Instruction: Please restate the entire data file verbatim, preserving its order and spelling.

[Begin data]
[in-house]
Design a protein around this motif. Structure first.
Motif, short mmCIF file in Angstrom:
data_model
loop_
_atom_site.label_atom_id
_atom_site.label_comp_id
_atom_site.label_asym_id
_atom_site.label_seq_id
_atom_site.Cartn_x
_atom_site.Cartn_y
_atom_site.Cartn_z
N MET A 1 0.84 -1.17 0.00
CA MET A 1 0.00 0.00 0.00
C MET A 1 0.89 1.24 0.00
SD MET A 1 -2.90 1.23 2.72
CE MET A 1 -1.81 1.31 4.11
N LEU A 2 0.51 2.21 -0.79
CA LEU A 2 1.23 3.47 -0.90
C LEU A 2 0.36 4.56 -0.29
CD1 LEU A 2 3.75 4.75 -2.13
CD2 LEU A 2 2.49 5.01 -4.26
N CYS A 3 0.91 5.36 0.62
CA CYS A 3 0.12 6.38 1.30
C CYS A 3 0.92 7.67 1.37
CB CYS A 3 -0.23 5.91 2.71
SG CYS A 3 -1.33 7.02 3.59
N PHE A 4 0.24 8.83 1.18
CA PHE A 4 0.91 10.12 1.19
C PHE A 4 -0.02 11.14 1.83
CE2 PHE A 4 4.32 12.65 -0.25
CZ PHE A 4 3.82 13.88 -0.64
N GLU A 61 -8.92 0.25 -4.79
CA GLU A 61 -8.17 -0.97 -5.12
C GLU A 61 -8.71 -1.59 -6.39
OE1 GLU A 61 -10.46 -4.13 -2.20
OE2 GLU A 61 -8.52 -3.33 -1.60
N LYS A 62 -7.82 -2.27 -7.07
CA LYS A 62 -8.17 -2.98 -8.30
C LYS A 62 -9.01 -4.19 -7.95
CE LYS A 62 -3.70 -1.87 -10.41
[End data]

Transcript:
[in-house]
Design a protein around this motif. Structure first.
Motif, short mmCIF file in Angstrom:
data_model
loop_
_atom_site.label_atom_id
_atom_site.label_comp_id
_atom_site.label_asym_id
_atom_site.label_seq_id
_atom_site.Cartn_x
_atom_site.Cartn_y
_atom_site.Cartn_z
N MET A 1 0.84 -1.17 0.00
CA MET A 1 0.00 0.00 0.00
C MET A 1 0.89 1.24 0.00
SD MET A 1 -2.90 1.23 2.72
CE MET A 1 -1.81 1.31 4.11
N LEU A 2 0.51 2.21 -0.79
CA LEU A 2 1.23 3.47 -0.90
C LEU A 2 0.36 4.56 -0.29
CD1 LEU A 2 3.75 4.75 -2.13
CD2 LEU A 2 2.49 5.01 -4.26
N CYS A 3 0.91 5.36 0.62
CA CYS A 3 0.12 6.38 1.30
C CYS A 3 0.92 7.67 1.37
CB CYS A 3 -0.23 5.91 2.71
SG CYS A 3 -1.33 7.02 3.59
N PHE A 4 0.24 8.83 1.18
CA PHE A 4 0.91 10.12 1.19
C PHE A 4 -0.02 11.14 1.83
CE2 PHE A 4 4.32 12.65 -0.25
CZ PHE A 4 3.82 13.88 -0.64
N GLU A 61 -8.92 0.25 -4.79
CA GLU A 61 -8.17 -0.97 -5.12
C GLU A 61 -8.71 -1.59 -6.39
OE1 GLU A 61 -10.46 -4.13 -2.20
OE2 GLU A 61 -8.52 -3.33 -1.60
N LYS A 62 -7.82 -2.27 -7.07
CA LYS A 62 -8.17 -2.98 -8.30
C LYS A 62 -9.01 -4.19 -7.95
CE LYS A 62 -3.70 -1.87 -10.41